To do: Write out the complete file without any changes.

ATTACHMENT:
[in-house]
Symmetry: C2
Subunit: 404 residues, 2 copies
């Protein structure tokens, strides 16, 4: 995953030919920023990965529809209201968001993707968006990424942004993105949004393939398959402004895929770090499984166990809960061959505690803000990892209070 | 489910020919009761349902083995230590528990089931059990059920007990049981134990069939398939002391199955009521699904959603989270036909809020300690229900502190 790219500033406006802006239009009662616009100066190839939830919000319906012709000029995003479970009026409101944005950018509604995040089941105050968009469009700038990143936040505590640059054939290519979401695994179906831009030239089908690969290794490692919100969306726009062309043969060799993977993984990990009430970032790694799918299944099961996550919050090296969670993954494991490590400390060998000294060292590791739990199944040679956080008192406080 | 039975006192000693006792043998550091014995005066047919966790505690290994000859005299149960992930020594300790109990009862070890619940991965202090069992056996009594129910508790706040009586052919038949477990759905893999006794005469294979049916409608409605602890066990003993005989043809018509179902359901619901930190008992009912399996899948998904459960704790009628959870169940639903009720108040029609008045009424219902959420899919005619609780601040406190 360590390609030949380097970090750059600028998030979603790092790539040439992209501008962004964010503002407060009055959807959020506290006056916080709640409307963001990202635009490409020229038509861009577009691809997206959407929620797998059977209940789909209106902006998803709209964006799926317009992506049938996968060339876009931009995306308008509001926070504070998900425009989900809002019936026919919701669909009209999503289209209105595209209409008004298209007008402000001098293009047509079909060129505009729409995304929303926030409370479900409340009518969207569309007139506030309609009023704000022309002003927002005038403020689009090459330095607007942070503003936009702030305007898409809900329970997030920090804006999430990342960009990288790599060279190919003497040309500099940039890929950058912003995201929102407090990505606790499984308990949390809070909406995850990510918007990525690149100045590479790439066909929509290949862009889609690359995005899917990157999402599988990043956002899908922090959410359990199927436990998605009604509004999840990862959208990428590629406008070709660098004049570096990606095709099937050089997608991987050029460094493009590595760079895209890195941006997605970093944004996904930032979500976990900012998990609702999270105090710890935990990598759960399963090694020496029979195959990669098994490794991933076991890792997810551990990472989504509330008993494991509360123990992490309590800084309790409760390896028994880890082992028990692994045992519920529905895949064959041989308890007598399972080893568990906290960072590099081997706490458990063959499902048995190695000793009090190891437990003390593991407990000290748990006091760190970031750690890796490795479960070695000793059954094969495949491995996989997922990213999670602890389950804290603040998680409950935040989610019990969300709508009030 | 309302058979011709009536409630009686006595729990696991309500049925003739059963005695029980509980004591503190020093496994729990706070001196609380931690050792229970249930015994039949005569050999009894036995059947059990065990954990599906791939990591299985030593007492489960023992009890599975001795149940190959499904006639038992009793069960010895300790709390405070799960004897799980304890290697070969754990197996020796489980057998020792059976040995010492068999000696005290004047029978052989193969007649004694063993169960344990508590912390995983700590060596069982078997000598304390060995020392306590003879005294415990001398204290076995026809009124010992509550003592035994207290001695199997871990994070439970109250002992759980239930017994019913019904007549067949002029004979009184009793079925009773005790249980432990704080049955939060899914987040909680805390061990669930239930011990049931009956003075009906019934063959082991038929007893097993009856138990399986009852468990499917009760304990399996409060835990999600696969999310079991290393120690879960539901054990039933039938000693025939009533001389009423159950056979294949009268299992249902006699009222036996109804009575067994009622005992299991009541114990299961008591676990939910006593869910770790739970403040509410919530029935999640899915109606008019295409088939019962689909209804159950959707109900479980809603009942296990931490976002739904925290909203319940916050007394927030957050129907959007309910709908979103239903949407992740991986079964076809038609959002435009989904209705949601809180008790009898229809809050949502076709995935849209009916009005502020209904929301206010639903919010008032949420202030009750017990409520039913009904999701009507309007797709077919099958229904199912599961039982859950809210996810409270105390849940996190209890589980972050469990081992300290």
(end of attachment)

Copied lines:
[in-house]
Symmetry: C2
Subunit: 404 residues, 2 copies
């Protein structure tokens, strides 16, 4: 995953030919920023990965529809209201968001993707968006990424942004993105949004393939398959402004895929770090499984166990809960061959505690803000990892209070 | 489910020919009761349902083995230590528990089931059990059920007990049981134990069939398939002391199955009521699904959603989270036909809020300690229900502190 790219500033406006802006239009009662616009100066190839939830919000319906012709000029995003479970009026409101944005950018509604995040089941105050968009469009700038990143936040505590640059054939290519979401695994179906831009030239089908690969290794490692919100969306726009062309043969060799993977993984990990009430970032790694799918299944099961996550919050090296969670993954494991490590400390060998000294060292590791739990199944040679956080008192406080 | 039975006192000693006792043998550091014995005066047919966790505690290994000859005299149960992930020594300790109990009862070890619940991965202090069992056996009594129910508790706040009586052919038949477990759905893999006794005469294979049916409608409605602890066990003993005989043809018509179902359901619901930190008992009912399996899948998904459960704790009628959870169940639903009720108040029609008045009424219902959420899919005619609780601040406190 360590390609030949380097970090750059600028998030979603790092790539040439992209501008962004964010503002407060009055959807959020506290006056916080709640409307963001990202635009490409020229038509861009577009691809997206959407929620797998059977209940789909209106902006998803709209964006799926317009992506049938996968060339876009931009995306308008509001926070504070998900425009989900809002019936026919919701669909009209999503289209209105595209209409008004298209007008402000001098293009047509079909060129505009729409995304929303926030409370479900409340009518969207569309007139506030309609009023704000022309002003927002005038403020689009090459330095607007942070503003936009702030305007898409809900329970997030920090804006999430990342960009990288790599060279190919003497040309500099940039890929950058912003995201929102407090990505606790499984308990949390809070909406995850990510918007990525690149100045590479790439066909929509290949862009889609690359995005899917990157999402599988990043956002899908922090959410359990199927436990998605009604509004999840990862959208990428590629406008070709660098004049570096990606095709099937050089997608991987050029460094493009590595760079895209890195941006997605970093944004996904930032979500976990900012998990609702999270105090710890935990990598759960399963090694020496029979195959990669098994490794991933076991890792997810551990990472989504509330008993494991509360123990992490309590800084309790409760390896028994880890082992028990692994045992519920529905895949064959041989308890007598399972080893568990906290960072590099081997706490458990063959499902048995190695000793009090190891437990003390593991407990000290748990006091760190970031750690890796490795479960070695000793059954094969495949491995996989997922990213999670602890389950804290603040998680409950935040989610019990969300709508009030 | 309302058979011709009536409630009686006595729990696991309500049925003739059963005695029980509980004591503190020093496994729990706070001196609380931690050792229970249930015994039949005569050999009894036995059947059990065990954990599906791939990591299985030593007492489960023992009890599975001795149940190959499904006639038992009793069960010895300790709390405070799960004897799980304890290697070969754990197996020796489980057998020792059976040995010492068999000696005290004047029978052989193969007649004694063993169960344990508590912390995983700590060596069982078997000598304390060995020392306590003879005294415990001398204290076995026809009124010992509550003592035994207290001695199997871990994070439970109250002992759980239930017994019913019904007549067949002029004979009184009793079925009773005790249980432990704080049955939060899914987040909680805390061990669930239930011990049931009956003075009906019934063959082991038929007893097993009856138990399986009852468990499917009760304990399996409060835990999600696969999310079991290393120690879960539901054990039933039938000693025939009533001389009423159950056979294949009268299992249902006699009222036996109804009575067994009622005992299991009541114990299961008591676990939910006593869910770790739970403040509410919530029935999640899915109606008019295409088939019962689909209804159950959707109900479980809603009942296990931490976002739904925290909203319940916050007394927030957050129907959007309910709908979103239903949407992740991986079964076809038609959002435009989904209705949601809180008790009898229809809050949502076709995935849209009916009005502020209904929301206010639903919010008032949420202030009750017990409520039913009904999701009507309007797709077919099958229904199912599961039982859950809210996810409270105390849940996190209890589980972050469990081992300290």